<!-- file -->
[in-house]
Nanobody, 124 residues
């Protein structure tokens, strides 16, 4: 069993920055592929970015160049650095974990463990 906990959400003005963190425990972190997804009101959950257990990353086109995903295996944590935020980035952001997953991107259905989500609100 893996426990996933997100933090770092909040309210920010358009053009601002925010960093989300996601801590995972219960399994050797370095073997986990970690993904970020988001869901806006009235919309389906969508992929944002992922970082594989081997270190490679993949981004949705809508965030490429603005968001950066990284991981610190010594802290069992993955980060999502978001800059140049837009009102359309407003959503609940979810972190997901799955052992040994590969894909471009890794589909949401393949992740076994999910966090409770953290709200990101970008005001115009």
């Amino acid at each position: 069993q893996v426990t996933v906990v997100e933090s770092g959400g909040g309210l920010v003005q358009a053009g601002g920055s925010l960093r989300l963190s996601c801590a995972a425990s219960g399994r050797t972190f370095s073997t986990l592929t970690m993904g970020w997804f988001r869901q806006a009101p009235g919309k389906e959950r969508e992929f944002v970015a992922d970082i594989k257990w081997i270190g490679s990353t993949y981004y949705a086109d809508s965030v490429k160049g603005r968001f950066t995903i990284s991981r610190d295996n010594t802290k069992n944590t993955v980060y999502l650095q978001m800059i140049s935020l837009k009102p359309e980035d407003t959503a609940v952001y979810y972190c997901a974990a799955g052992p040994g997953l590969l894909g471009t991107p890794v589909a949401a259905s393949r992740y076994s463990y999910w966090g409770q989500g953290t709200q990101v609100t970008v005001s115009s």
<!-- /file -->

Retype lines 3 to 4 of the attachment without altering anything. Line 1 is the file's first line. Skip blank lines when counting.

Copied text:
């Protein structure tokens, strides 16, 4: 069993920055592929970015160049650095974990463990 906990959400003005963190425990972190997804009101959950257990990353086109995903295996944590935020980035952001997953991107259905989500609100 893996426990996933997100933090770092909040309210920010358009053009601002925010960093989300996601801590995972219960399994050797370095073997986990970690993904970020988001869901806006009235919309389906969508992929944002992922970082594989081997270190490679993949981004949705809508965030490429603005968001950066990284991981610190010594802290069992993955980060999502978001800059140049837009009102359309407003959503609940979810972190997901799955052992040994590969894909471009890794589909949401393949992740076994999910966090409770953290709200990101970008005001115009």
């Amino acid at each position: 069993q893996v426990t996933v906990v997100e933090s770092g959400g909040g309210l920010v003005q358009a053009g601002g920055s925010l960093r989300l963190s996601c801590a995972a425990s219960g399994r050797t972190f370095s073997t986990l592929t970690m993904g970020w997804f988001r869901q806006a009101p009235g919309k389906e959950r969508e992929f944002v970015a992922d970082i594989k257990w081997i270190g490679s990353t993949y981004y949705a086109d809508s965030v490429k160049g603005r968001f950066t995903i990284s991981r610190d295996n010594t802290k069992n944590t993955v980060y999502l650095q978001m800059i140049s935020l837009k009102p359309e980035d407003t959503a609940v952001y979810y972190c997901a974990a799955g052992p040994g997953l590969l894909g471009t991107p890794v589909a949401a259905s393949r992740y076994s463990y999910w966090g409770q989500g953290t709200q990101v609100t970008v005001s115009s």